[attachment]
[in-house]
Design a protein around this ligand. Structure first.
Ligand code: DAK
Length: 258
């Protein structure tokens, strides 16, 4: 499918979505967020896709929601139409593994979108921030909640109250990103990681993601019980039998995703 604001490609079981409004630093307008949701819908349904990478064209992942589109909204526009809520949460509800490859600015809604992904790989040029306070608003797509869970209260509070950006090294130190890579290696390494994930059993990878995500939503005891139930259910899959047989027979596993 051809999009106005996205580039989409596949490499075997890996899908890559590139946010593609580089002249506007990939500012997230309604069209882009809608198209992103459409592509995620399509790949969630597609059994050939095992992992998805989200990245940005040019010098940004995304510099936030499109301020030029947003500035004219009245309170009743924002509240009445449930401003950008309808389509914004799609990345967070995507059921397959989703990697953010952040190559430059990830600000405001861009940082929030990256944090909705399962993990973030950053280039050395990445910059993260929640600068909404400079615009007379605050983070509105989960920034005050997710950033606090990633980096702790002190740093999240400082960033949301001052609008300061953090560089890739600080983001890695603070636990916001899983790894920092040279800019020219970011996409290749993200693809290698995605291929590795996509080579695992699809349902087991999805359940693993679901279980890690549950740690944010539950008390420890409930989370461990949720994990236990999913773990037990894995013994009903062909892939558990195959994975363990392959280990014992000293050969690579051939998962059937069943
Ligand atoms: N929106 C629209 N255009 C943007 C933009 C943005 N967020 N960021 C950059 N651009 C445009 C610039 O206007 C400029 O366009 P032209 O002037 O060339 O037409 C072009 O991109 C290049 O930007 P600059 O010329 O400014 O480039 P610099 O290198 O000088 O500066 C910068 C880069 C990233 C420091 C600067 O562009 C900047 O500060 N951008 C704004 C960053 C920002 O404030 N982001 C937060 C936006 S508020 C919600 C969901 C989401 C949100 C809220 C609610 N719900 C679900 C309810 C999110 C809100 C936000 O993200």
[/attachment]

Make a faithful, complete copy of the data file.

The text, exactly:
[in-house]
Design a protein around this ligand. Structure first.
Ligand code: DAK
Length: 258
């Protein structure tokens, strides 16, 4: 499918979505967020896709929601139409593994979108921030909640109250990103990681993601019980039998995703 604001490609079981409004630093307008949701819908349904990478064209992942589109909204526009809520949460509800490859600015809604992904790989040029306070608003797509869970209260509070950006090294130190890579290696390494994930059993990878995500939503005891139930259910899959047989027979596993 051809999009106005996205580039989409596949490499075997890996899908890559590139946010593609580089002249506007990939500012997230309604069209882009809608198209992103459409592509995620399509790949969630597609059994050939095992992992998805989200990245940005040019010098940004995304510099936030499109301020030029947003500035004219009245309170009743924002509240009445449930401003950008309808389509914004799609990345967070995507059921397959989703990697953010952040190559430059990830600000405001861009940082929030990256944090909705399962993990973030950053280039050395990445910059993260929640600068909404400079615009007379605050983070509105989960920034005050997710950033606090990633980096702790002190740093999240400082960033949301001052609008300061953090560089890739600080983001890695603070636990916001899983790894920092040279800019020219970011996409290749993200693809290698995605291929590795996509080579695992699809349902087991999805359940693993679901279980890690549950740690944010539950008390420890409930989370461990949720994990236990999913773990037990894995013994009903062909892939558990195959994975363990392959280990014992000293050969690579051939998962059937069943
Ligand atoms: N929106 C629209 N255009 C943007 C933009 C943005 N967020 N960021 C950059 N651009 C445009 C610039 O206007 C400029 O366009 P032209 O002037 O060339 O037409 C072009 O991109 C290049 O930007 P600059 O010329 O400014 O480039 P610099 O290198 O000088 O500066 C910068 C880069 C990233 C420091 C600067 O562009 C900047 O500060 N951008 C704004 C960053 C920002 O404030 N982001 C937060 C936006 S508020 C919600 C969901 C989401 C949100 C809220 C609610 N719900 C679900 C309810 C999110 C809100 C936000 O993200």